How Your Diet Affects Your Breastmilk
When you are breastfeeding or providing your baby with expressed
breastmilk, your body makes producing a sufficient supply of milk
its number one priority. Eating a well-balanced diet will ensure
that both you and your baby are receiving adequate nutrition.
Maintaining the same healthy diet that you followed during your
pregnancy will most likely be suitable while you are breastfeeding as well.
Studies have shown that a breastfeeding mother’s diet affects the quantity of the milk that her body produces more so than it directly affects the quality of her milk. The quality of breastmilk amongst breastfeeding mothers who eat a healthy, well-balanced diet is quite consistent.
While not a comprehensive list of foods to avoid while breastfeeding, the following few guidelines can help you ensure that your diet is healthy enough to produce an adequate supply of breastmilk for your child.
Contrary to popular belief, you do not have to drink milk in order to produce milk. You will be able to give your baby nutrient rich milk whether you drink cow’s milk or not, but staying properly hydrated while you are lactating is important. Breastfeeding and pumping moms should be sure to drink enough fluids to quench your thirst throughout the day since much of your fluid intake will go toward the production of milk.
Although you may crave sweets and other junk foods, you should keep in mind that they provide mostly empty calories and very little nutrition. Swearing off sweets and other junk foods completely is not necessary, but choosing healthy snack options will provide you with more energy and benefit your overall health more.
If you or other members of your family have a history of certain food allergies you may need to adjust your diet accordingly since many foods will be passed through your breastmilk. The most common food allergens that are passed through breastmilk include peanuts, cow’s milk, soy and strawberries.
Consuming more than a moderate amount of caffeine each day may agitate your baby and make it difficult for him or her to sleep. Two cups of coffee or two soft drinks a day is considered a moderate intake of caffeine.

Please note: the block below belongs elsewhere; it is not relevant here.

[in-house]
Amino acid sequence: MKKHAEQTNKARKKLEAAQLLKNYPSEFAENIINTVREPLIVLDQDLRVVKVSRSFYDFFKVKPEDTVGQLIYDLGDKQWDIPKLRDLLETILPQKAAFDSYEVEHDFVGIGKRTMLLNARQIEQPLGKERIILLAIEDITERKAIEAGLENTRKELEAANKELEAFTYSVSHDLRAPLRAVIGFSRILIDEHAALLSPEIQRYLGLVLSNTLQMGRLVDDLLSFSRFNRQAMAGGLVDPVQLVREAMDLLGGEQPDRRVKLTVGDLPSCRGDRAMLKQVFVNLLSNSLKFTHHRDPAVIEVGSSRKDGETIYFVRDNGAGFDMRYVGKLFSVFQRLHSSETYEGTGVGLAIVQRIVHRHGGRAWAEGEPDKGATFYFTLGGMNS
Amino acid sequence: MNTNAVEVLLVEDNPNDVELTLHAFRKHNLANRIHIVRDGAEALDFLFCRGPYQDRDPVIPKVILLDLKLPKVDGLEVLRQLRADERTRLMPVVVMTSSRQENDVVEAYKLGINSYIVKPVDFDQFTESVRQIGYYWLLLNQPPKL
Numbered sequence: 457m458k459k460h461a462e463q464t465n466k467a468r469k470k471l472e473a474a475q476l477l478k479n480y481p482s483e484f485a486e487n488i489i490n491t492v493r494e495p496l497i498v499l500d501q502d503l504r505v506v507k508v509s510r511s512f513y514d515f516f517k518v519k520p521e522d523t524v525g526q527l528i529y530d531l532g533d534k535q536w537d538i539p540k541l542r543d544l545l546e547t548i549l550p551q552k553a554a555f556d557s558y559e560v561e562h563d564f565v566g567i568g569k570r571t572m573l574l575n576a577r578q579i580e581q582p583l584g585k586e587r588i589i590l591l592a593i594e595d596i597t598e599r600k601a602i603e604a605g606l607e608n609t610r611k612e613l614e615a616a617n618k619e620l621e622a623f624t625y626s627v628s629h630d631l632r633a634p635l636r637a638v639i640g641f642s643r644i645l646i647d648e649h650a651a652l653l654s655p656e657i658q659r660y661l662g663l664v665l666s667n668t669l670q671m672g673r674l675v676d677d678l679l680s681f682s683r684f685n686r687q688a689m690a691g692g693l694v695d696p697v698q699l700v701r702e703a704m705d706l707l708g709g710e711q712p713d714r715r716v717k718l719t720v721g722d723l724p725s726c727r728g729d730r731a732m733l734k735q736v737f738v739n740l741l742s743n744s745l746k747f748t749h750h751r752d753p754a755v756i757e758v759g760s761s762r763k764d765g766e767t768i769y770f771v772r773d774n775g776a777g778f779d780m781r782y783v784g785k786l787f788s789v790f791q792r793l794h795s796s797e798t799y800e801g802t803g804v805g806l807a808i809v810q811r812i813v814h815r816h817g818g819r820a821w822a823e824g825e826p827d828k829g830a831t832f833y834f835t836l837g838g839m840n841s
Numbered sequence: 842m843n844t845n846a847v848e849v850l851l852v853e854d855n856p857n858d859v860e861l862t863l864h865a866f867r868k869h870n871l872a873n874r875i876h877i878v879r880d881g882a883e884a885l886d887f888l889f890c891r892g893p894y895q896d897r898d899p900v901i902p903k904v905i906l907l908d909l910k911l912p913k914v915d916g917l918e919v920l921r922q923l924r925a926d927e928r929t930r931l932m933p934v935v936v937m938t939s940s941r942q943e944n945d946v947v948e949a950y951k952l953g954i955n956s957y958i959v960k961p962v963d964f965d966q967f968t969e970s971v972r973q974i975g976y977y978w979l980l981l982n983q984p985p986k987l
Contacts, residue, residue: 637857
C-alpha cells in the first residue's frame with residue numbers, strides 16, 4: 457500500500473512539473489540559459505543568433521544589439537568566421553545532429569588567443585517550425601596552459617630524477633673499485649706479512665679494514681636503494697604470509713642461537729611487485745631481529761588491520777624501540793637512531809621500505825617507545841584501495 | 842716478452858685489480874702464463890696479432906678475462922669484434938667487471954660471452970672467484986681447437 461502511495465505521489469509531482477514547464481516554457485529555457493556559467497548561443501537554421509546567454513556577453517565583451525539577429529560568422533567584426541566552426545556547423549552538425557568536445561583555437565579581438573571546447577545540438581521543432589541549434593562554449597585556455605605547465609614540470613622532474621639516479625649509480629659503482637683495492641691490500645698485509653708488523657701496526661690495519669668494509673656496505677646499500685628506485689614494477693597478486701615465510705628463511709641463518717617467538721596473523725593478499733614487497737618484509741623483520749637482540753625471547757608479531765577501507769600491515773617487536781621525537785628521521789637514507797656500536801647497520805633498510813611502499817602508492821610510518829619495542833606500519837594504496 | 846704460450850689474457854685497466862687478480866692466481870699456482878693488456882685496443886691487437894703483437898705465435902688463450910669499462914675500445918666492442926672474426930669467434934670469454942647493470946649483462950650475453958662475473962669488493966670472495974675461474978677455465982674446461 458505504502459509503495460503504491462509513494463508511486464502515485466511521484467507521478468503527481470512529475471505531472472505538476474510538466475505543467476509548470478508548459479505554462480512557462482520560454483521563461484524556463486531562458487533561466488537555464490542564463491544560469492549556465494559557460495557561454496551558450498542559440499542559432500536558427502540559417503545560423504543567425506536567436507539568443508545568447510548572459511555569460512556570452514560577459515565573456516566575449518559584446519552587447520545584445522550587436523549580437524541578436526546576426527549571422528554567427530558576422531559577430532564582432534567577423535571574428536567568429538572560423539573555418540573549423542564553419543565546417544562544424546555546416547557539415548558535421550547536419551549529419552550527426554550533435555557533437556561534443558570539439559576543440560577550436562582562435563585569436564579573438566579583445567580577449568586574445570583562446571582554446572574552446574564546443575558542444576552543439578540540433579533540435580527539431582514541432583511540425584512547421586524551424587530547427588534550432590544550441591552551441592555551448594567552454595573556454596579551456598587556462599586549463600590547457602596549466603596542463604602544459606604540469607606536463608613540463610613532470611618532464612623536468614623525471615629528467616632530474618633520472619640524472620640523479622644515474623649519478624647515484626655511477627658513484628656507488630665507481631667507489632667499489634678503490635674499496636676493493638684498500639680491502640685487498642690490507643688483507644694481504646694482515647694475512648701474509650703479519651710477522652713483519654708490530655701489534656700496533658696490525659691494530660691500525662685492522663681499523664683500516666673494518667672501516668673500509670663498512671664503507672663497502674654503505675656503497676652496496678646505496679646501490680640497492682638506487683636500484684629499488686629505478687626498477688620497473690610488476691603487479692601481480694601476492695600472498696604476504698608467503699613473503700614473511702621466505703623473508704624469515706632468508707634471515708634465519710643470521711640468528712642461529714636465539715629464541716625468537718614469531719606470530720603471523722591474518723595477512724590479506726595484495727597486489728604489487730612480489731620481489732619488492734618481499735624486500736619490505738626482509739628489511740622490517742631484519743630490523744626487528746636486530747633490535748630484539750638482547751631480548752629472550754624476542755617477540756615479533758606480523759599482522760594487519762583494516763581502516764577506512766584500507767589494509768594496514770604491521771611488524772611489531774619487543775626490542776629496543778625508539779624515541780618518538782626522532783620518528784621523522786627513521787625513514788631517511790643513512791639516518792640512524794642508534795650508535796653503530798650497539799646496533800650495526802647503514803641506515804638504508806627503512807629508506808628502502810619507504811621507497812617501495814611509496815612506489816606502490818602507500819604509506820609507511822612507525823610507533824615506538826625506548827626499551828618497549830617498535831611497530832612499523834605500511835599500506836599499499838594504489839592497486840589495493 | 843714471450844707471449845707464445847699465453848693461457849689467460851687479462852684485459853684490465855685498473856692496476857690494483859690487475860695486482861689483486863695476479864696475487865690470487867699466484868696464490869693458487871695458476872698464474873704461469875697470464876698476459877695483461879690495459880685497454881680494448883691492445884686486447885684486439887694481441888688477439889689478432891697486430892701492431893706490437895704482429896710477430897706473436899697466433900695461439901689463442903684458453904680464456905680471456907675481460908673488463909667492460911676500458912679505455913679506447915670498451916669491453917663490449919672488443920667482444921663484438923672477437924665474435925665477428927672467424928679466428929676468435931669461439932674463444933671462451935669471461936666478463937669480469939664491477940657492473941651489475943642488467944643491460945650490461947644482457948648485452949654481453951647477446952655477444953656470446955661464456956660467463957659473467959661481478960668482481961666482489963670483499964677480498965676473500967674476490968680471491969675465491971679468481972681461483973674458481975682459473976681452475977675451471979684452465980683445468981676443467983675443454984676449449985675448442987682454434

While only small amounts of alcohol are passed into breastmilk, it is best to avoid alcohol while breastfeeding. However, you may enjoy an occasional drink as long as you won’t be breastfeeding right after. Discuss any use of alcohol while breastfeeding with your doctor prior to consumption.
If you haven’t already quit smoking, now is the time to do so since nicotine and other harmful chemicals found in cigarettesare passed directly into breastmilk. Although not smoking at all is the best option for both you and your baby, cutting down on the number of cigarettes that you smoke each day is also beneficial.
Regaining your pre-pregnancy figure is a great goal to have, but going on a weight loss program that placing restrictions on your daily food intake can decrease your milk supply. One of the perks to breastfeeding (or pumping) is that your body will need an additional 200 to 500 calories each day to produce breastmilk. This extra calorie burning can help you lose your pregnancy weight with minimal effort on your part. Be sure to speak with your doctor before starting a weight loss program.
While you are lactating, you should not ignore signs of hunger or thirst because doing so could negatively affect your milk supply. Remember that eating a healthy well-balanced diet at this time is beneficial to both you and your child.
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